I feel that if I master a realistic style, I can always scale back toward a cartoony style by using symbols and shorthand, but reaching from cartoony to portraiture is much more difficult.

Quote:
If you are interested I'm am beginning to keep a journal of my thoughts on this sort of stuff. You can find it here: http://deniedsluggy.livejournal.com/

Cool. I'm overdue to put my site together as well (and since I work on sites all day now, it's becoming more of a reflex, so I'll probably do it in the next month when I renew my domains).

PS. The gridded contour image is very interesting!

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Original post by Oluseyi
The trial version only seemed to scan to PDF. Is that a limitation of the demo specifically? I was going to buy it (fugly UI and all... after all, CanoScan is fugly, too), but only being able to obtain PDFs did not inspire confidence - especially when Preview couldn't open said PDF!
The version I am using scans to tiff and jpeg as well - but I am a version or two back from the latest. As I said, it is one of the most flexible and feature-full scanner drivers I know of.

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I agree that a realistic style is something that can give you a much better understanding when developing any other style. I personally would like to develop somthing more along the lines of Frazzetta or Loomis.

You're on the right track using references from life. And of course you have the benefit of real world experience.

Thanks for the comment. I am definitely going to be doing this again when I have some free time.

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Okay, pictures!


Scanned image from my sketchbook

This is from a couple months back, when I drew a "villain" character on a whim. The lesson here is that even clichés can be challenging to conceptualize without an understanding of the archetypes, the signifiers, etc.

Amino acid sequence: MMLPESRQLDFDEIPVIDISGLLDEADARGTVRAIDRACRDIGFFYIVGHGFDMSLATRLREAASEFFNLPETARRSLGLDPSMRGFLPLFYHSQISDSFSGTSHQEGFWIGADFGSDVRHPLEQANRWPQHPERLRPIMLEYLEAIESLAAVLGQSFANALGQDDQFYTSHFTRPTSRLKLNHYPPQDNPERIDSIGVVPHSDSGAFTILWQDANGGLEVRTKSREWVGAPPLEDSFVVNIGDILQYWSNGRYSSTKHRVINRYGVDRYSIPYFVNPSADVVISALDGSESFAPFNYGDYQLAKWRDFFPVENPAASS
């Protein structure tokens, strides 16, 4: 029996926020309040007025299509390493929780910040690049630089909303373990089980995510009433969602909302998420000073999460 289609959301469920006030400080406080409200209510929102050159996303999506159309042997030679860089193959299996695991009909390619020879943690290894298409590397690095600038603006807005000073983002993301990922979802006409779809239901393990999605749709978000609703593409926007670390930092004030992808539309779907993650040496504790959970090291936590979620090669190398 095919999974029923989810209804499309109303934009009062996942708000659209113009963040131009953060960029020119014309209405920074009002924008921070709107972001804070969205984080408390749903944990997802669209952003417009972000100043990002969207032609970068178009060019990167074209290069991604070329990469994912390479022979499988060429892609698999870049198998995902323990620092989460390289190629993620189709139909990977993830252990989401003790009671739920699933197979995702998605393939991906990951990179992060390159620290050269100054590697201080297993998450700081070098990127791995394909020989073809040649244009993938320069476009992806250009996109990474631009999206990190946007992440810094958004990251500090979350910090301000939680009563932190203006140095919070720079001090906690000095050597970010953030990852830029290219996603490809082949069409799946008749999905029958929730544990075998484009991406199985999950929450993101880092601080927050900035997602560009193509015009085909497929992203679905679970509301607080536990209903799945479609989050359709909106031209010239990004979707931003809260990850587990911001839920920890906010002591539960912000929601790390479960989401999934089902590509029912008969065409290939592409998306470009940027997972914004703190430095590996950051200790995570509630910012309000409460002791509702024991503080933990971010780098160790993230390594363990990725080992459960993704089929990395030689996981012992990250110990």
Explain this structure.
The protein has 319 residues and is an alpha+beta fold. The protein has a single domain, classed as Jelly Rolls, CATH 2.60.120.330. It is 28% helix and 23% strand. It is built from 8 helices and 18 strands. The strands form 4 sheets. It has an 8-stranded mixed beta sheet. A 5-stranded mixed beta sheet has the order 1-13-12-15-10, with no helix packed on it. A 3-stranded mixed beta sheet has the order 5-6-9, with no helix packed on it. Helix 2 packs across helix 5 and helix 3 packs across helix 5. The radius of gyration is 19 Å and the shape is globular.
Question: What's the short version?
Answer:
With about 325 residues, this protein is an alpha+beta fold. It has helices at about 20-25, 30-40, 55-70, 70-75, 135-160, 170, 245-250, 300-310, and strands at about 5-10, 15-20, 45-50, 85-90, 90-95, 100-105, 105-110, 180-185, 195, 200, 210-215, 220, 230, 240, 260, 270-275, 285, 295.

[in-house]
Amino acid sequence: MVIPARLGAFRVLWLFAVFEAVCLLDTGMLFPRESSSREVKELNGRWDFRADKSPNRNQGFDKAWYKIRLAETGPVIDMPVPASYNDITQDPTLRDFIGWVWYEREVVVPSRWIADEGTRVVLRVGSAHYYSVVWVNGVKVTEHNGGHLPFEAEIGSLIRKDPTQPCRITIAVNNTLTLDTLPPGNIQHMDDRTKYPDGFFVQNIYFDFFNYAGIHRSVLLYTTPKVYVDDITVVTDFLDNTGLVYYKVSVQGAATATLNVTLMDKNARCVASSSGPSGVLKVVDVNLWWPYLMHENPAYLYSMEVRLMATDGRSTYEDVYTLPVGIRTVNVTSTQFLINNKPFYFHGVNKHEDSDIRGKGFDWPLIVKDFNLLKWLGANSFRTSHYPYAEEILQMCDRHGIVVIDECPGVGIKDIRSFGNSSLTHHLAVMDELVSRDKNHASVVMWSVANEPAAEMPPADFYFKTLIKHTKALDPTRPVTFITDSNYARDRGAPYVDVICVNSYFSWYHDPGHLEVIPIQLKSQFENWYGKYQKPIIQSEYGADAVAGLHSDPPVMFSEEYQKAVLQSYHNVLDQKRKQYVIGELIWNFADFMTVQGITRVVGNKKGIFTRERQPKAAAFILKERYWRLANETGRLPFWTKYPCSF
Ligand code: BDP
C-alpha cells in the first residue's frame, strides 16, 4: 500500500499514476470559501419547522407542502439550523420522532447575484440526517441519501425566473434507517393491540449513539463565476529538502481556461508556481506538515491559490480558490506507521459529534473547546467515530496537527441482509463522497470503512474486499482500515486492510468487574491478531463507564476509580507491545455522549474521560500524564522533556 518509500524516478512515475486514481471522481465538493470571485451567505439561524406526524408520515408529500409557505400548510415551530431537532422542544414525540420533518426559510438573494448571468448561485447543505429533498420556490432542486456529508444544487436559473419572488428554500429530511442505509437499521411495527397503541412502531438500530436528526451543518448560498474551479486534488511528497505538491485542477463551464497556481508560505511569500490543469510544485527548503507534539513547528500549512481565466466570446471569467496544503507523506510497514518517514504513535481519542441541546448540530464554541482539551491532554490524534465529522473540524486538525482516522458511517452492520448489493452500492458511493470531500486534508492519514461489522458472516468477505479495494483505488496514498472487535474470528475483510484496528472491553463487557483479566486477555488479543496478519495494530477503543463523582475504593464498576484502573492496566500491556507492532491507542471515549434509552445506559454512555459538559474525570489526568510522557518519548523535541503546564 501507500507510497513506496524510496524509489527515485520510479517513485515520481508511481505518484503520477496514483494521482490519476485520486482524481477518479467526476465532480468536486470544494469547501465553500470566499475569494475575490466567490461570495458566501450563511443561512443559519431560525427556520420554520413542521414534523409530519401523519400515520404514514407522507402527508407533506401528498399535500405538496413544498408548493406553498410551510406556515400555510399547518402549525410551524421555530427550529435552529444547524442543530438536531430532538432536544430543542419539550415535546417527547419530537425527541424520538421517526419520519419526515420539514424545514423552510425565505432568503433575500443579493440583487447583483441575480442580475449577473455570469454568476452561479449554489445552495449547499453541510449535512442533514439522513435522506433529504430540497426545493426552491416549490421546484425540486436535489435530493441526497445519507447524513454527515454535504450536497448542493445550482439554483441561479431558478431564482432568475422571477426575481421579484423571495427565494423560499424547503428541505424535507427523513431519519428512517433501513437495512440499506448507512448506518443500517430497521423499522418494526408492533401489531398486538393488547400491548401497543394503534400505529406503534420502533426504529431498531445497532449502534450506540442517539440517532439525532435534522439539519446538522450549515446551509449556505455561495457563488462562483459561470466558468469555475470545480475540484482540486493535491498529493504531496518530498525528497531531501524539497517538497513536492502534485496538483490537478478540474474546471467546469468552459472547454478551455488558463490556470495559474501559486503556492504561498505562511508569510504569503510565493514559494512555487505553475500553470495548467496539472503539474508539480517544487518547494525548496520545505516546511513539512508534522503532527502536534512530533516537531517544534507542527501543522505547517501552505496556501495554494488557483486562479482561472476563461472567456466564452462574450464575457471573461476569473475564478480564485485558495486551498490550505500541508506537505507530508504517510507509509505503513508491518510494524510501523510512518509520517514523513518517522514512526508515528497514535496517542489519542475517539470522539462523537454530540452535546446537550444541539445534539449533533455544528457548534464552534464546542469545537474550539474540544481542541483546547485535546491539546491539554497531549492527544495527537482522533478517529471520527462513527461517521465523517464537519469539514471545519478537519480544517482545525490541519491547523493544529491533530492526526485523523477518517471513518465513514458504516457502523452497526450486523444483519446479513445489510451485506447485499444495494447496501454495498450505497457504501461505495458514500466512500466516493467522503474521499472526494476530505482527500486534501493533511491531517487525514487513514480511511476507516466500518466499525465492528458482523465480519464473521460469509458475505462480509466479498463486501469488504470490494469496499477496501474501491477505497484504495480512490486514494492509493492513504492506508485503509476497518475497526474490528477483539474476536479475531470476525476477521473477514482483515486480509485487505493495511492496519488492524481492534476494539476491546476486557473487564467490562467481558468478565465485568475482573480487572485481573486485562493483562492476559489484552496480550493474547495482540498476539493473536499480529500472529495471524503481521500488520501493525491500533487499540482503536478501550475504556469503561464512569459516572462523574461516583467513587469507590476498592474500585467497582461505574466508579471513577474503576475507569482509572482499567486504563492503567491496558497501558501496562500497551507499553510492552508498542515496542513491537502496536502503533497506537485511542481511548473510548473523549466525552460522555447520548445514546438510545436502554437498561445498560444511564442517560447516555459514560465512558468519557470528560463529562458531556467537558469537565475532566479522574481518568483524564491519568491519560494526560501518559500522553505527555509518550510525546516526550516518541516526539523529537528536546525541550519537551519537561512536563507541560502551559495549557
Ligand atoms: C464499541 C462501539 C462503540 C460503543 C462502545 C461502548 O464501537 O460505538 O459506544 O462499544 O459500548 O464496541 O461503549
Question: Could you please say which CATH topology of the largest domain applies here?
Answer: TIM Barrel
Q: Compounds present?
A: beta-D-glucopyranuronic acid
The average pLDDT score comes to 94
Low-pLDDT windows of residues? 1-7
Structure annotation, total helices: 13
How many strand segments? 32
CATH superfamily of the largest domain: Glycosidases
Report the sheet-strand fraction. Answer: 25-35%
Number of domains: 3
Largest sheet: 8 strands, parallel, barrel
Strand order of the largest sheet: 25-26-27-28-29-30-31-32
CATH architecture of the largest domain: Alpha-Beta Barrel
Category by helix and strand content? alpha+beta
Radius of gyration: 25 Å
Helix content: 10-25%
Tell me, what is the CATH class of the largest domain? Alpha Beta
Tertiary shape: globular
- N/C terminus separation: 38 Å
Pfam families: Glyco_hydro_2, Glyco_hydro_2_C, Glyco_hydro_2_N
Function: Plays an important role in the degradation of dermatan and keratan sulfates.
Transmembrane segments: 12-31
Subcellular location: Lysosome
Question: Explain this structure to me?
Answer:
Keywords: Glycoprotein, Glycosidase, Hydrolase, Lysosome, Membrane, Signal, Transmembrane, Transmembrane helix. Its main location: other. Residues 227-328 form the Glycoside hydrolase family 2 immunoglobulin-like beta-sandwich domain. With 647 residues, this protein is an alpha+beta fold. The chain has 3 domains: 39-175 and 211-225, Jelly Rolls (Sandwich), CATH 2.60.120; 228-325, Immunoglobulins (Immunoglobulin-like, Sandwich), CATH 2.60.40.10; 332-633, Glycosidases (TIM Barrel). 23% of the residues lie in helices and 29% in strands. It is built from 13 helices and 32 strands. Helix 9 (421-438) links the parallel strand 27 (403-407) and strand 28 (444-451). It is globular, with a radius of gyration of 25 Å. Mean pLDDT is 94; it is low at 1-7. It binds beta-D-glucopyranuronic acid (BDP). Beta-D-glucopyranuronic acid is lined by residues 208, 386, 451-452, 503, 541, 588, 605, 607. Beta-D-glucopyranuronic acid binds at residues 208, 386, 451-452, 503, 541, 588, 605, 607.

Scanned image from my sketchbook

While a fairly dynamic piece, there are so many anatomical problems with the ball handler here, not to mention posing problems. Observing how people actually move makes it easier to imagine how they would move in a hypothetical situation.



Scanned image from my sketchbook

I drew this on a whim, and I never really developed it. I may turn back to it sometime when I feel I need a pseudo-apocalyptic (or P-Funk spaced out) black pastor/father archetype.

I read once that you have to have drawings you do purely for yourself, to keep the joy in drawing alive.



Scanned image from my sketchbook

As I wrapped up the sketchbook that contains the above images, I got inspiration for a potential name for my design services company, should it ever come to that. Green is a color closely associated with Nigerians (by Nigerians, of course; the rest of you don't think about us that way [smile]), and I want to provide animation, video, production and film services, ultimately, in Nigeria. I want to help elevate the level of visual culture, thus "Green <something>". I settled on pencil for now because of its resonance as a creative tool, but I may need to refine that message still.



Scanned image from my sketchbook

My favorite superheroes have been Batman and Iron Man for a long time, even though I have an iconic fondness for Superman (see my avatar, for instance). What I loved about Batman and Tony Stark is their lack of super powers and their reliance on intellect and technology/equipment to give them not just a fighting chance, but in many cases an edge.